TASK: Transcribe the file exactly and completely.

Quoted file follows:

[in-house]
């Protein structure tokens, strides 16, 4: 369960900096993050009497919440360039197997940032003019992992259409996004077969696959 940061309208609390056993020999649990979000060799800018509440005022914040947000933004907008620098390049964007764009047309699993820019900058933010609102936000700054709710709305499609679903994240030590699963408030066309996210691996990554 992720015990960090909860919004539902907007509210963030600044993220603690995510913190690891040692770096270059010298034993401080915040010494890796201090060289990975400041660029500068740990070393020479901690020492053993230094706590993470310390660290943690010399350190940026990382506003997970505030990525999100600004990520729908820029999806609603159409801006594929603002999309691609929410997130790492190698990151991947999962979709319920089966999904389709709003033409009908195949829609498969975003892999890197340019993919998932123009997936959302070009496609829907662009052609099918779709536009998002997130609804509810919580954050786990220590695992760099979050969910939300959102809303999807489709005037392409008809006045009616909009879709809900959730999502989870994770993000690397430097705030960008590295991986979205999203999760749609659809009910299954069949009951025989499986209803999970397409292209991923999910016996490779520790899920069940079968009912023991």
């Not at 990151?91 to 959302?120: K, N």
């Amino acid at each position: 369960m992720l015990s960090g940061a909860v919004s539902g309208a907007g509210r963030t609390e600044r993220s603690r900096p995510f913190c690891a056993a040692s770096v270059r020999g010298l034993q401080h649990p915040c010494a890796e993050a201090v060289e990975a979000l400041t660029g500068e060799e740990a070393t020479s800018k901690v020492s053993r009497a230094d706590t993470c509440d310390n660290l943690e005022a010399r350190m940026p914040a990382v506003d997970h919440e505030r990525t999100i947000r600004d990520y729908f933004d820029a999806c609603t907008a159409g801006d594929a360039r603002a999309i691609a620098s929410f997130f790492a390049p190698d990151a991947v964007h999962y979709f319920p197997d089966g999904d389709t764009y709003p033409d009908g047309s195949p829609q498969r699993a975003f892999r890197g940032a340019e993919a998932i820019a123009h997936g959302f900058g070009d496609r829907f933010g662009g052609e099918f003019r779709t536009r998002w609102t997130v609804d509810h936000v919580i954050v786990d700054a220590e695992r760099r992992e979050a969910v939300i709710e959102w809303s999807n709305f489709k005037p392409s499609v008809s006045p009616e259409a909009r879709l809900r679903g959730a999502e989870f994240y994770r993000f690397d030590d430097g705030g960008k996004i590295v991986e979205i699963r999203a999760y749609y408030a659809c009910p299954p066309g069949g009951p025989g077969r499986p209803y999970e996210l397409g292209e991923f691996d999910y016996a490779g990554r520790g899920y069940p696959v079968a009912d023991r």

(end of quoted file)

[in-house]
């Protein structure tokens, strides 16, 4: 369960900096993050009497919440360039197997940032003019992992259409996004077969696959 940061309208609390056993020999649990979000060799800018509440005022914040947000933004907008620098390049964007764009047309699993820019900058933010609102936000700054709710709305499609679903994240030590699963408030066309996210691996990554 992720015990960090909860919004539902907007509210963030600044993220603690995510913190690891040692770096270059010298034993401080915040010494890796201090060289990975400041660029500068740990070393020479901690020492053993230094706590993470310390660290943690010399350190940026990382506003997970505030990525999100600004990520729908820029999806609603159409801006594929603002999309691609929410997130790492190698990151991947999962979709319920089966999904389709709003033409009908195949829609498969975003892999890197340019993919998932123009997936959302070009496609829907662009052609099918779709536009998002997130609804509810919580954050786990220590695992760099979050969910939300959102809303999807489709005037392409008809006045009616909009879709809900959730999502989870994770993000690397430097705030960008590295991986979205999203999760749609659809009910299954069949009951025989499986209803999970397409292209991923999910016996490779520790899920069940079968009912023991």
């Not at 990151?91 to 959302?120: K, N």
């Amino acid at each position: 369960m992720l015990s960090g940061a909860v919004s539902g309208a907007g509210r963030t609390e600044r993220s603690r900096p995510f913190c690891a056993a040692s770096v270059r020999g010298l034993q401080h649990p915040c010494a890796e993050a201090v060289e990975a979000l400041t660029g500068e060799e740990a070393t020479s800018k901690v020492s053993r009497a230094d706590t993470c509440d310390n660290l943690e005022a010399r350190m940026p914040a990382v506003d997970h919440e505030r990525t999100i947000r600004d990520y729908f933004d820029a999806c609603t907008a159409g801006d594929a360039r603002a999309i691609a620098s929410f997130f790492a390049p190698d990151a991947v964007h999962y979709f319920p197997d089966g999904d389709t764009y709003p033409d009908g047309s195949p829609q498969r699993a975003f892999r890197g940032a340019e993919a998932i820019a123009h997936g959302f900058g070009d496609r829907f933010g662009g052609e099918f003019r779709t536009r998002w609102t997130v609804d509810h936000v919580i954050v786990d700054a220590e695992r760099r992992e979050a969910v939300i709710e959102w809303s999807n709305f489709k005037p392409s499609v008809s006045p009616e259409a909009r879709l809900r679903g959730a999502e989870f994240y994770r993000f690397d030590d430097g705030g960008k996004i590295v991986e979205i699963r999203a999760y749609y408030a659809c009910p299954p066309g069949g009951p025989g077969r499986p209803y999970e996210l397409g292209e991923f691996d999910y016996a490779g990554r520790g899920y069940p696959v079968a009912d023991r």